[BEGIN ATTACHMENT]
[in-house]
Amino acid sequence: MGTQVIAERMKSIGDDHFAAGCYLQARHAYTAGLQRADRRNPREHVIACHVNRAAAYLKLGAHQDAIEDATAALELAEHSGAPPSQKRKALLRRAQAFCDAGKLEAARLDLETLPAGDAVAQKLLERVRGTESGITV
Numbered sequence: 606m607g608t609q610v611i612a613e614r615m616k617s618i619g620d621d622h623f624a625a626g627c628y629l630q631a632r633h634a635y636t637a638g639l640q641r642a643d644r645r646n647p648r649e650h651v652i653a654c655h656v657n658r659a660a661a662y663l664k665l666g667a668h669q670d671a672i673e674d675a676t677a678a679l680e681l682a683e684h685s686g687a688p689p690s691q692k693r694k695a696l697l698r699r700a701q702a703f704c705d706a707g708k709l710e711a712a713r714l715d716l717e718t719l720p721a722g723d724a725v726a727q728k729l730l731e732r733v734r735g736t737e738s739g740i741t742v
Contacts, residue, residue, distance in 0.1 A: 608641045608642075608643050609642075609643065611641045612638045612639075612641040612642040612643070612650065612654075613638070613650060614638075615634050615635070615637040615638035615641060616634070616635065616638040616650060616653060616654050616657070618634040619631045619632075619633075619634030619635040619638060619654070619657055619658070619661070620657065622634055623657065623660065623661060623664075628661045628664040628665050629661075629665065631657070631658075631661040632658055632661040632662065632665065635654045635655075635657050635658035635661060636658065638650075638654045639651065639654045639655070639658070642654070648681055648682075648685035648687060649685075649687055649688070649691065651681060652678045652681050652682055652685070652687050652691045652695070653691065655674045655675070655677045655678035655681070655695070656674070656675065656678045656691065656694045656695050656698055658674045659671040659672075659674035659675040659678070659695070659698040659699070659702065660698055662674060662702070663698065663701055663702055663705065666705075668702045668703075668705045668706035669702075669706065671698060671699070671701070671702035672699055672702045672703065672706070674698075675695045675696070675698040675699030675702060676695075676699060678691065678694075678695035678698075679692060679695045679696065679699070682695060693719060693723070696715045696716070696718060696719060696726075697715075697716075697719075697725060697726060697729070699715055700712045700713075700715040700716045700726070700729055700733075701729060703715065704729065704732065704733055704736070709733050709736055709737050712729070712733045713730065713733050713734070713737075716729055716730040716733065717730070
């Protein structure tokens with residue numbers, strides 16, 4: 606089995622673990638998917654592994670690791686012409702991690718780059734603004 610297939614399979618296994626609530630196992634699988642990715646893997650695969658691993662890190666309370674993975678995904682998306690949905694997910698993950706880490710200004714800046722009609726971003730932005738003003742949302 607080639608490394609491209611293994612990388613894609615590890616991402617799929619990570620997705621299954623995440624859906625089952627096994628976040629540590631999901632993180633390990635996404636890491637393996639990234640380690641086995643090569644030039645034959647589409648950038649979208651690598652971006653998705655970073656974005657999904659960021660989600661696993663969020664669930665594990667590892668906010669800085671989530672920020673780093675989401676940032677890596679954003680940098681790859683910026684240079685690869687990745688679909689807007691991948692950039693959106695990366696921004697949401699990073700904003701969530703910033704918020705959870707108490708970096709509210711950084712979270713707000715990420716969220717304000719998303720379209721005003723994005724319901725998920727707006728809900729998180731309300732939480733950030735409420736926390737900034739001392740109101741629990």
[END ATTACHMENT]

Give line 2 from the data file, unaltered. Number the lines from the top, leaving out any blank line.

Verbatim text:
Amino acid sequence: MGTQVIAERMKSIGDDHFAAGCYLQARHAYTAGLQRADRRNPREHVIACHVNRAAAYLKLGAHQDAIEDATAALELAEHSGAPPSQKRKALLRRAQAFCDAGKLEAARLDLETLPAGDAVAQKLLERVRGTESGITV